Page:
European Market Update for 2011
Widening North-South divide in European Market for hardwood lumber during 2011.
An analysis of the European hardwood import data that has just been released, shows 2011 was another very poor year for the hardwood lumber trade. Imports of sawn hardwood into the EU-25 from outside the region were 2.69 million m3 in 2011, only 0.1% up on the previous year. Imports of sawn lumber were valued at €1.45 billion, only 1% up on 2010. This implies there has yet to be any real recovery from the massive fall in imports that took place between 2008 and 2009. Over the last 3 years, total EU hardwood lumber imports have remained static at around half the level typical before the economic crash.
A striking feature of the EU hardwood lumber trade last year was the ever-widening north-south divide, closely mirroring the fault line emerging in overall economic performance across the European region. There was continuing decline in hardwood lumber imports by Spain (-6% to 204,000 m3), Portugal (-20% to 91,000 m3) and Greece (-28% to 40,000 m3), while imports into Italy fell away again (-3% to 902,000 m3) after making a significant recovery in 2010. These are the countries most affected by the debt crises in the euro-zone and which are suffering most from stagnating economic growth and government austerity measures.
However, these declines were largely offset by rising lumber imports in several northern European countries, where economic growth has been more robust. Countries where hardwood lumber imports rose last year included Belgium (+19% to 423,000 m3), Denmark (+33% to 119,000 m3), Estonia (+27% to 62,000 m3), Germany (+8% to 434,000 m3), Netherlands (+10% to 497,000 m3), Poland (+12% to 221,000m3) and Sweden (+10% to 64,000 m3).
There are a few countries that don’t fit into this neat north-south divide. After encouraging signs of recovery in 2010, hardwood lumber imports fell away again during 2011 into both the UK (-12% to 387,000 m3) and France (-6% to 370,000 m3). Hardwood lumber imports also continued their downward trajectory into Ireland (-5% to 37,000 m3) during 2011.
U.S. hardwood lumber lost a bit of share in the EU market last year. In 2011, EU imports of hardwood lumber from the U.S. reached 475,000 m3 in 2011, down 6% from 507,000 m3 in 2010. As a proportion of total EU-25 hardwood lumber imports, U.S. share fell from 19% to 18%. Nevertheless, U.S. share in 2011 still exceeded levels of around 15-16% that prevailed in the years before the market slump in 2008.
One piece of good news (or at least less bad news) is that while the USDA data for 2011 shows a 22.5% fall in U.S. hardwood lumber exports to Italy (from 106,000 m3 to 76,000 m3), the European trade data indicates only a 7% fall in Italian imports of U.S. hardwood lumber (from 149,000 m3 to 139,000 m3). Such a discrepancy raises obvious questions about the underlying quality of one of the two data sets.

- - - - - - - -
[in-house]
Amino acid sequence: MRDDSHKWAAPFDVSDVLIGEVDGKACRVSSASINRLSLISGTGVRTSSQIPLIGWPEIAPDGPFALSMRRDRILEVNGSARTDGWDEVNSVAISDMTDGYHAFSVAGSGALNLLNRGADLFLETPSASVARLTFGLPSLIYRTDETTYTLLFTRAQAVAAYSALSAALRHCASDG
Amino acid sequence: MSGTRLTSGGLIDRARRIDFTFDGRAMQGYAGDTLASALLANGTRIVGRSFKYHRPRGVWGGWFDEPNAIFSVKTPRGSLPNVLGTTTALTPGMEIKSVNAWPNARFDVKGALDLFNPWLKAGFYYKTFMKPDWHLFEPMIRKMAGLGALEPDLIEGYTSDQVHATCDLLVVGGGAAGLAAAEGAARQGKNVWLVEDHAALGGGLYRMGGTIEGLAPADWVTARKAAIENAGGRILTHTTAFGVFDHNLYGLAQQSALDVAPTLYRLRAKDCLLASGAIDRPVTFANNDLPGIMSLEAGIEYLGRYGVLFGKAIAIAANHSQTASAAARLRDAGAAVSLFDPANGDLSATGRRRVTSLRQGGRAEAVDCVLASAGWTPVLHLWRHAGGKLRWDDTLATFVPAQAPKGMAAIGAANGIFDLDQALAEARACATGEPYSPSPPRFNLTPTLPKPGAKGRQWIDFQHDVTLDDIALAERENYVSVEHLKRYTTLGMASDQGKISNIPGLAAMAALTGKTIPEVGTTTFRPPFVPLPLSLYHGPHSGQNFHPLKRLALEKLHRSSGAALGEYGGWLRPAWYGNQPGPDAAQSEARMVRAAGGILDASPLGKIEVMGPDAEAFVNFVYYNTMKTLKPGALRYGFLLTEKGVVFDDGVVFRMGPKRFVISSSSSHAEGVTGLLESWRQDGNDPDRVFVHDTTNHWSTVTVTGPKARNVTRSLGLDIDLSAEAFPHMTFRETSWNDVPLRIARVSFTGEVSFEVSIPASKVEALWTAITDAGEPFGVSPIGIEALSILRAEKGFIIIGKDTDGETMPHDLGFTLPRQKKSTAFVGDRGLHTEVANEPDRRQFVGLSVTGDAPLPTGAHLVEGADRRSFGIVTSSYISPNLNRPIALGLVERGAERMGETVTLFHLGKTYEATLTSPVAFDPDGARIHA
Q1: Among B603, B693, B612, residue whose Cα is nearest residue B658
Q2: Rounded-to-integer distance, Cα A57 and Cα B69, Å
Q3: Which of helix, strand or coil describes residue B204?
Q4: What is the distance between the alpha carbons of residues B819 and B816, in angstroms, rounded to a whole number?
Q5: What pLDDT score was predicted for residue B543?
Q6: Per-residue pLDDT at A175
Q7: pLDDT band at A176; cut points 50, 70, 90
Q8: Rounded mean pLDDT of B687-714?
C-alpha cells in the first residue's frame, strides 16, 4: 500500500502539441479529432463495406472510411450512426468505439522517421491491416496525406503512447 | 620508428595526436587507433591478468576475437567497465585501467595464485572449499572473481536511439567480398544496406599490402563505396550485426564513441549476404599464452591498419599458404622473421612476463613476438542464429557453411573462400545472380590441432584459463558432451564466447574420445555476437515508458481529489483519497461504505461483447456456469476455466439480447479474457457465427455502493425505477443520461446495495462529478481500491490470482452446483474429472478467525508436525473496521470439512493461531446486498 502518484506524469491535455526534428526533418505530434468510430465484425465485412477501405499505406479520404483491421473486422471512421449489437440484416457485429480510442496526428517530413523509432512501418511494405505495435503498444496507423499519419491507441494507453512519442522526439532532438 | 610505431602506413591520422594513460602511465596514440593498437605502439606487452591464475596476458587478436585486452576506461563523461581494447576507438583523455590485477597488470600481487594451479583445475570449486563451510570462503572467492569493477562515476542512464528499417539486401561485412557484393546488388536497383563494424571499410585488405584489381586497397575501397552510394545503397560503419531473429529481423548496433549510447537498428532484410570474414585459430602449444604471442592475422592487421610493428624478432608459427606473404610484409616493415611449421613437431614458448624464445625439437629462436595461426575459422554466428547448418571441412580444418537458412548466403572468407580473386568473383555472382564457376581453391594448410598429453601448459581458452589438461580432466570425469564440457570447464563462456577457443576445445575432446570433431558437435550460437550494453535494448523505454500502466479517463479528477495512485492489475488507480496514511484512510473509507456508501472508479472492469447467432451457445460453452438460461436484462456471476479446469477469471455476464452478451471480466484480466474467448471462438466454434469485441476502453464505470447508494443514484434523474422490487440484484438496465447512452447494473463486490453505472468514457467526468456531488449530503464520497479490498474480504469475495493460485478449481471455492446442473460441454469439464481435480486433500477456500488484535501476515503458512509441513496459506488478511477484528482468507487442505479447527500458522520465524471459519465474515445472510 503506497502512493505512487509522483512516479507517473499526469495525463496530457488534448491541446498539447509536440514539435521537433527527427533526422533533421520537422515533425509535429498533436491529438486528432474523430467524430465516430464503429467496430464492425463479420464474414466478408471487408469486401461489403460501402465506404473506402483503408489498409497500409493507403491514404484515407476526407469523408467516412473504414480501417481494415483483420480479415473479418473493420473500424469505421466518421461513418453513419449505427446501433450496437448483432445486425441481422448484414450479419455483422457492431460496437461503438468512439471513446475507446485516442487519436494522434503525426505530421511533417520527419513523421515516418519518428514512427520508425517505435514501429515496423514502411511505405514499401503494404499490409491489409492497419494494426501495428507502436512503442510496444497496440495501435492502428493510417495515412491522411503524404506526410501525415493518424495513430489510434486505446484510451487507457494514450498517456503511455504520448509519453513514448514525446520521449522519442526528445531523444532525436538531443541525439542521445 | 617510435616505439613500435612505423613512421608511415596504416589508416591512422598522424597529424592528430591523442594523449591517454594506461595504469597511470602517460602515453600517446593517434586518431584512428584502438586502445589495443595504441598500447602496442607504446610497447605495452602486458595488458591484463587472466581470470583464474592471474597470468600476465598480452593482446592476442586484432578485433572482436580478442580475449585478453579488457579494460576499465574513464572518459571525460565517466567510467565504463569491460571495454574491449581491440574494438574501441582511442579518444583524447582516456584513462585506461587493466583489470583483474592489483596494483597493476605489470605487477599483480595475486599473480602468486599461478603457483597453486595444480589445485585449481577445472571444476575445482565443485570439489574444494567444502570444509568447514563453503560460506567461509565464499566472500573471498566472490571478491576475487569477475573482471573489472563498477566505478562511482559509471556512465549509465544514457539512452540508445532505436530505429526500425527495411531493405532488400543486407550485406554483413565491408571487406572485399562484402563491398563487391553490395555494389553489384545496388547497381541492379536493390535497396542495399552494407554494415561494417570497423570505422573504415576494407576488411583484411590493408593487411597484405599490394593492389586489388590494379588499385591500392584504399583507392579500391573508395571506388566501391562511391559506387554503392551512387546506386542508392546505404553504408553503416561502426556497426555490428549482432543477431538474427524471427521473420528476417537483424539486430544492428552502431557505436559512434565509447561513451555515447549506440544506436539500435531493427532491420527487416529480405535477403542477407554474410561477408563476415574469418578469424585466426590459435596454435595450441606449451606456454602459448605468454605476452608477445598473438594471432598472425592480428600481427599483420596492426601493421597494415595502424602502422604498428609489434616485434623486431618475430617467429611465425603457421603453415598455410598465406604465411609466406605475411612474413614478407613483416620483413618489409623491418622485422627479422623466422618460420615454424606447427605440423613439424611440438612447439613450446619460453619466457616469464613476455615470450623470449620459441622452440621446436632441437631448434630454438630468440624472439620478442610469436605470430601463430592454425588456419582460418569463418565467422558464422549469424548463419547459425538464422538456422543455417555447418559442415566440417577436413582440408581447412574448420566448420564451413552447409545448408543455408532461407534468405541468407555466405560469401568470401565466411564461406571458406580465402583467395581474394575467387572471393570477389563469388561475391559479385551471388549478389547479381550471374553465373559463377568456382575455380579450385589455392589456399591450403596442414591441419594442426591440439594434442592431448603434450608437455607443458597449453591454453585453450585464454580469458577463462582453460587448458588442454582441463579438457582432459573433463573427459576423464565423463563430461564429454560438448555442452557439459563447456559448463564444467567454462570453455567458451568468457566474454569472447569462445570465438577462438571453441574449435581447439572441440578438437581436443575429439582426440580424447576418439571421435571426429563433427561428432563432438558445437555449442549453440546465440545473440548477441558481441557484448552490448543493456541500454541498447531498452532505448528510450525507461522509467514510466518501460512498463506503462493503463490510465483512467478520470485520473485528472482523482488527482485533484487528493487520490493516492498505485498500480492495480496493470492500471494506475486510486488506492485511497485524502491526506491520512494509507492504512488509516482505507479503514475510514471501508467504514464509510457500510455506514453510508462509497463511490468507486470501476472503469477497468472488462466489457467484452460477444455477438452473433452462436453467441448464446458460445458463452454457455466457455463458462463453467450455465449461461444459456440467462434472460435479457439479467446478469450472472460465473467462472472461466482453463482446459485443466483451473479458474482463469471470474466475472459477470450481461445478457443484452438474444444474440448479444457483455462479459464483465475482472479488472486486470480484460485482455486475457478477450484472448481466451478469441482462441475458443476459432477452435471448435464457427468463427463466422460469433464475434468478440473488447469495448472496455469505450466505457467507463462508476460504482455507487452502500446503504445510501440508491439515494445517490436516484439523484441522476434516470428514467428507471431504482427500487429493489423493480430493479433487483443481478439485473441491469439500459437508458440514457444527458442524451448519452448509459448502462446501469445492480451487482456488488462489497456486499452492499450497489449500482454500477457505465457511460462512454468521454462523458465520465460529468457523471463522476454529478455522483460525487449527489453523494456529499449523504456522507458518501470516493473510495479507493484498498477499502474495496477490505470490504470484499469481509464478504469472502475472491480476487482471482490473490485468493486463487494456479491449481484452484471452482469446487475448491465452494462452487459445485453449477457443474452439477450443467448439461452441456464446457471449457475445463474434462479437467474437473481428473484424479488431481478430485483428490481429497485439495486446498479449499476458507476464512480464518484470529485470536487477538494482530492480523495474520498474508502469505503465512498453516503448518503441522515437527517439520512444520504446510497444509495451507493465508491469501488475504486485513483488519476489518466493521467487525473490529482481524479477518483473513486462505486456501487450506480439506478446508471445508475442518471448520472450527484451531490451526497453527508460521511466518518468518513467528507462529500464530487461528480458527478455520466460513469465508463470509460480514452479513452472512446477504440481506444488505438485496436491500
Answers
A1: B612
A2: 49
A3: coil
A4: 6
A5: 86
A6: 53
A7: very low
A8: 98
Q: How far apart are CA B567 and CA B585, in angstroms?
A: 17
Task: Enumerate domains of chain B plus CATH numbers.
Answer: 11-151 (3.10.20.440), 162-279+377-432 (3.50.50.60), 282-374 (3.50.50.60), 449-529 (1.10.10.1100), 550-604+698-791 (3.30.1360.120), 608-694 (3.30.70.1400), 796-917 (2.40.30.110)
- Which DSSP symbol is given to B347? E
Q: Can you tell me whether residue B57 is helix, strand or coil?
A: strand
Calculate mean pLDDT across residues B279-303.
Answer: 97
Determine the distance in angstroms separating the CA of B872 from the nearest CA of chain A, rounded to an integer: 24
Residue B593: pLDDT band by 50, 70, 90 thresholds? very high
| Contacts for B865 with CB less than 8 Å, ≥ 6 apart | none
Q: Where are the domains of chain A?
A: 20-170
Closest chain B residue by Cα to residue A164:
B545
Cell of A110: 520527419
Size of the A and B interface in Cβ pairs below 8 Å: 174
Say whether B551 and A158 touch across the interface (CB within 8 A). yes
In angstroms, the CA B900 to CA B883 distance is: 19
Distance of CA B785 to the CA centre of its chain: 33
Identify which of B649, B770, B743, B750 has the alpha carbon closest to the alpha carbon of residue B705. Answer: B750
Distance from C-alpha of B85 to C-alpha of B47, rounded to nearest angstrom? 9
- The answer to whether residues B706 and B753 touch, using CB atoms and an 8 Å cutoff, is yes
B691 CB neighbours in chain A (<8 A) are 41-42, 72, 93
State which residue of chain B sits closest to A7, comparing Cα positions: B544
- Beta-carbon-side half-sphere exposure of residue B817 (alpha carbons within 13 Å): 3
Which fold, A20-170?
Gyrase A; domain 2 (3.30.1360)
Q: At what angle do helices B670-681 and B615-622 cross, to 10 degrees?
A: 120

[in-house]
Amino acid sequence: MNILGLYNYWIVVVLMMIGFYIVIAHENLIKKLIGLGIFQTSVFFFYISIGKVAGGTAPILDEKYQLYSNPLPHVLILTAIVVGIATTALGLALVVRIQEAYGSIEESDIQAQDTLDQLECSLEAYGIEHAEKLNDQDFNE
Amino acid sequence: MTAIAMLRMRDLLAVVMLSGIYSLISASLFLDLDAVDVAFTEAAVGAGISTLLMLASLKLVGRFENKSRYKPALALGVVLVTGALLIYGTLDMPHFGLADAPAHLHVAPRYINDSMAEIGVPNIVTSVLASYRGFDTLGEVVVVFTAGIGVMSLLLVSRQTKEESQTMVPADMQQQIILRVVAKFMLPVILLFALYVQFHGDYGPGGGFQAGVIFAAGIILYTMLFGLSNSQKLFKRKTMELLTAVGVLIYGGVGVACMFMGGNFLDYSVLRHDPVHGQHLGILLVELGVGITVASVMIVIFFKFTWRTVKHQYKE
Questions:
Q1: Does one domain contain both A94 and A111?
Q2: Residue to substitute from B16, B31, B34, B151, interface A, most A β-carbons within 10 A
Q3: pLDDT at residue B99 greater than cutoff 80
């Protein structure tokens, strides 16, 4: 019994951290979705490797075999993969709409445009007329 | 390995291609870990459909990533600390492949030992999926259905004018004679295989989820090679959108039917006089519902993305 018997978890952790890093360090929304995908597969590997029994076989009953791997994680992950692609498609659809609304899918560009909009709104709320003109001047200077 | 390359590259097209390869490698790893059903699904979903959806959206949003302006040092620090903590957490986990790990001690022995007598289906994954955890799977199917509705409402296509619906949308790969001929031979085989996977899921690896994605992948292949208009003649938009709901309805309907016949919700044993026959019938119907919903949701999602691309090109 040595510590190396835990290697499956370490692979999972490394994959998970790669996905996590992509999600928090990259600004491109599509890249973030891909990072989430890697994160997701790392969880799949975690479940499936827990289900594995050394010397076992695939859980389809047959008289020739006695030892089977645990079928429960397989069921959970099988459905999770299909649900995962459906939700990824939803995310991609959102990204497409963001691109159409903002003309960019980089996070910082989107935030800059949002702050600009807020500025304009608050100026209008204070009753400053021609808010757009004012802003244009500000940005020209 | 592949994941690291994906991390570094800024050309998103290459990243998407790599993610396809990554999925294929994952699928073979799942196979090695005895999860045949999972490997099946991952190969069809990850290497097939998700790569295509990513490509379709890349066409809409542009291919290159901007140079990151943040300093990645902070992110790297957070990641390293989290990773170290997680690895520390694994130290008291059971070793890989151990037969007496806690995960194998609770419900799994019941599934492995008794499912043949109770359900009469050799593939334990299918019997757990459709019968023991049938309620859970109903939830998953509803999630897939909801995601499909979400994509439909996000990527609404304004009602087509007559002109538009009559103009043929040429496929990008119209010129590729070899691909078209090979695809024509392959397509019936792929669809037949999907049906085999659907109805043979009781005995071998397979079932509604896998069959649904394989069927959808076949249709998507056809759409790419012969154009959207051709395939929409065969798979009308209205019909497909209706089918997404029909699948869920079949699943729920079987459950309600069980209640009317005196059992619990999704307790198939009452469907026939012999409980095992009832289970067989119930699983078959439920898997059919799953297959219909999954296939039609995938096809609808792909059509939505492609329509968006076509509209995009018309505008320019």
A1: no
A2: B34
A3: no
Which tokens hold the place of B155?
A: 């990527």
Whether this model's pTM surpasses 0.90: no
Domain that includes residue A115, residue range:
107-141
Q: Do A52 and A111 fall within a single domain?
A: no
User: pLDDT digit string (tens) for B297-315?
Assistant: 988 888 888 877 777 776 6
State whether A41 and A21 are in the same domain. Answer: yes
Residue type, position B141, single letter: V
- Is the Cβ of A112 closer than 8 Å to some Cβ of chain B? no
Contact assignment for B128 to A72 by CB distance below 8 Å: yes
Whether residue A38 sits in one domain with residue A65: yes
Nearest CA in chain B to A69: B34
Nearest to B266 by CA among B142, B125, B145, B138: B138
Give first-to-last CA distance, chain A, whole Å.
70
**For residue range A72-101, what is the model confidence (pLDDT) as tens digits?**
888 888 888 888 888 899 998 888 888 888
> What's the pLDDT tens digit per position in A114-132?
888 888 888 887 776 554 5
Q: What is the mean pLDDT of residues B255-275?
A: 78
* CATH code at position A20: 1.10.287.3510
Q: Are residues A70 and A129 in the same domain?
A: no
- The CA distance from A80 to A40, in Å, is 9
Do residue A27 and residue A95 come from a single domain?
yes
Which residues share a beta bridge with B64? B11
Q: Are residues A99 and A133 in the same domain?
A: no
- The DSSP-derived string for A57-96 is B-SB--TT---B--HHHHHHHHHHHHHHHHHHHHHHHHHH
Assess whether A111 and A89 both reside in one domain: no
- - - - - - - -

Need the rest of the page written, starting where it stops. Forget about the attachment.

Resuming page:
The major beneficiaries in terms of rising share of Europe’s temperate hardwood market in 2011 were countries of the former Yugoslavia, particularly Croatia and Bosnia, together with the Ukraine. This trend is partly due to short-term currency and supply trends. The value of the euro rose consistently and strongly against the Croatian Kuna from around the middle of 2010 through to early 2012, while the euro also rose sharply against the Ukrainian currency from January through to October 2011. At the same time, supplies of Eastern European oak lumber began to recover last year after a slump in production in 2009/2010. Improving supplies in 2011 coincided with slowing markets for Eastern European oak in the Middle East and Far East so that greater volumes were diverted into the EU market.
Tropical hardwood lumber continued to lose share in the European hardwood market during 2011. EU-25 hardwood lumber imports from tropical countries in 2011 reached 1.16 million m3 in 2011, down 3% from 1.2 million m3 in 2010. Tropical hardwoods accounted for 43% of all EU hardwood imports during 2011, down from 45% the previous year. These figures compare to 53% market share for tropical wood that was typical a decade ago.
A major trend in European tropical hardwood lumber imports during 2011 was increasing reliance on Cameroon as the major source of supply. Cameroon now accounts for one third of all tropical hardwood imported by the EU while the share of imports from Brazil and The Ivory Coast has been falling. Another significant trend during 2011 was a rise in imports of tropical hardwood lumber by Belgium at the expense of other European countries. This may be indicative of large importers close to the major Belgian ports playing an increasingly important role in the supply of tropical hardwoods to Europe as smaller importers have tended to reduce stock-holdings of “risky” products characterised by long supply chains and lead times.